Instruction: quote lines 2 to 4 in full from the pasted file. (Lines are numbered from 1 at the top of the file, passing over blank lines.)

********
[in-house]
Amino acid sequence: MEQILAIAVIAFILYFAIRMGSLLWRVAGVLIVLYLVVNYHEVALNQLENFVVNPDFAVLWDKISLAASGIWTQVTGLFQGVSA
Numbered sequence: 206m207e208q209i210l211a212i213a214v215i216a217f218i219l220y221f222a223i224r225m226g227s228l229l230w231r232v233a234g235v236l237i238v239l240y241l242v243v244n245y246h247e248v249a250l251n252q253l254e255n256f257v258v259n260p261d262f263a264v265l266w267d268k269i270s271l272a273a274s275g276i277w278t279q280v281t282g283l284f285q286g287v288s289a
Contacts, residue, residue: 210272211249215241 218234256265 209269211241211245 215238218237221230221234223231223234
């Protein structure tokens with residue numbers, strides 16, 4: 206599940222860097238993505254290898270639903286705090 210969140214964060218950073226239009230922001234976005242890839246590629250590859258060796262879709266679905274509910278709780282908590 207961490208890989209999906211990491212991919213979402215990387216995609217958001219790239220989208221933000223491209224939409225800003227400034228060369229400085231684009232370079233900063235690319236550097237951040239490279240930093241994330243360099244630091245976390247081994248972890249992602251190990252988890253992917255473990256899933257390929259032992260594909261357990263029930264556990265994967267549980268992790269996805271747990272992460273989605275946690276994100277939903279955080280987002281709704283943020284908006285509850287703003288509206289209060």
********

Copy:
Amino acid sequence: MEQILAIAVIAFILYFAIRMGSLLWRVAGVLIVLYLVVNYHEVALNQLENFVVNPDFAVLWDKISLAASGIWTQVTGLFQGVSA
Numbered sequence: 206m207e208q209i210l211a212i213a214v215i216a217f218i219l220y221f222a223i224r225m226g227s228l229l230w231r232v233a234g235v236l237i238v239l240y241l242v243v244n245y246h247e248v249a250l251n252q253l254e255n256f257v258v259n260p261d262f263a264v265l266w267d268k269i270s271l272a273a274s275g276i277w278t279q280v281t282g283l284f285q286g287v288s289a
Contacts, residue, residue: 210272211249215241 218234256265 209269211241211245 215238218237221230221234223231223234